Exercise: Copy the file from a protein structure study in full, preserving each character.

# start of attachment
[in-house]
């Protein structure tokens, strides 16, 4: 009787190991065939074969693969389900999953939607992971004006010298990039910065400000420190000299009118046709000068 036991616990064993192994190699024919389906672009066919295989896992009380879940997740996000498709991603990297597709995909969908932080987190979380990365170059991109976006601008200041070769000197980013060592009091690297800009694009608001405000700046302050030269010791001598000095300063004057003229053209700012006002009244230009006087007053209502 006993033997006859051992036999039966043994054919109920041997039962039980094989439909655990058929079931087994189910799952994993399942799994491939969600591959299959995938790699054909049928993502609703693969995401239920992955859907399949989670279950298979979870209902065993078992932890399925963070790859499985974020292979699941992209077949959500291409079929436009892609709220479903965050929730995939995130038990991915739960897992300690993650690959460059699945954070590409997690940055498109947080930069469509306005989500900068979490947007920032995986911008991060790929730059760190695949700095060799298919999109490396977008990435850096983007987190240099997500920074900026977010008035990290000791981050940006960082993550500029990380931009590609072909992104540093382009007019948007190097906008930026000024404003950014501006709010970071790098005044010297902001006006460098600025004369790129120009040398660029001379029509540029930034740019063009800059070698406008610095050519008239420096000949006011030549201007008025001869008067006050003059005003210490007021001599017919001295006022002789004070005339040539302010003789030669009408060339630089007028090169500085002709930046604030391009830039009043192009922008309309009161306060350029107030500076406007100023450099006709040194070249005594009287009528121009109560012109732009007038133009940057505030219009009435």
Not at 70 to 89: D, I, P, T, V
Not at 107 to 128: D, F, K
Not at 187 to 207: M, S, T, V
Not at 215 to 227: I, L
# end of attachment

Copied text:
[in-house]
């Protein structure tokens, strides 16, 4: 009787190991065939074969693969389900999953939607992971004006010298990039910065400000420190000299009118046709000068 036991616990064993192994190699024919389906672009066919295989896992009380879940997740996000498709991603990297597709995909969908932080987190979380990365170059991109976006601008200041070769000197980013060592009091690297800009694009608001405000700046302050030269010791001598000095300063004057003229053209700012006002009244230009006087007053209502 006993033997006859051992036999039966043994054919109920041997039962039980094989439909655990058929079931087994189910799952994993399942799994491939969600591959299959995938790699054909049928993502609703693969995401239920992955859907399949989670279950298979979870209902065993078992932890399925963070790859499985974020292979699941992209077949959500291409079929436009892609709220479903965050929730995939995130038990991915739960897992300690993650690959460059699945954070590409997690940055498109947080930069469509306005989500900068979490947007920032995986911008991060790929730059760190695949700095060799298919999109490396977008990435850096983007987190240099997500920074900026977010008035990290000791981050940006960082993550500029990380931009590609072909992104540093382009007019948007190097906008930026000024404003950014501006709010970071790098005044010297902001006006460098600025004369790129120009040398660029001379029509540029930034740019063009800059070698406008610095050519008239420096000949006011030549201007008025001869008067006050003059005003210490007021001599017919001295006022002789004070005339040539302010003789030669009408060339630089007028090169500085002709930046604030391009830039009043192009922008309309009161306060350029107030500076406007100023450099006709040194070249005594009287009528121009109560012109732009007038133009940057505030219009009435």
Not at 70 to 89: D, I, P, T, V
Not at 107 to 128: D, F, K
Not at 187 to 207: M, S, T, V
Not at 215 to 227: I, L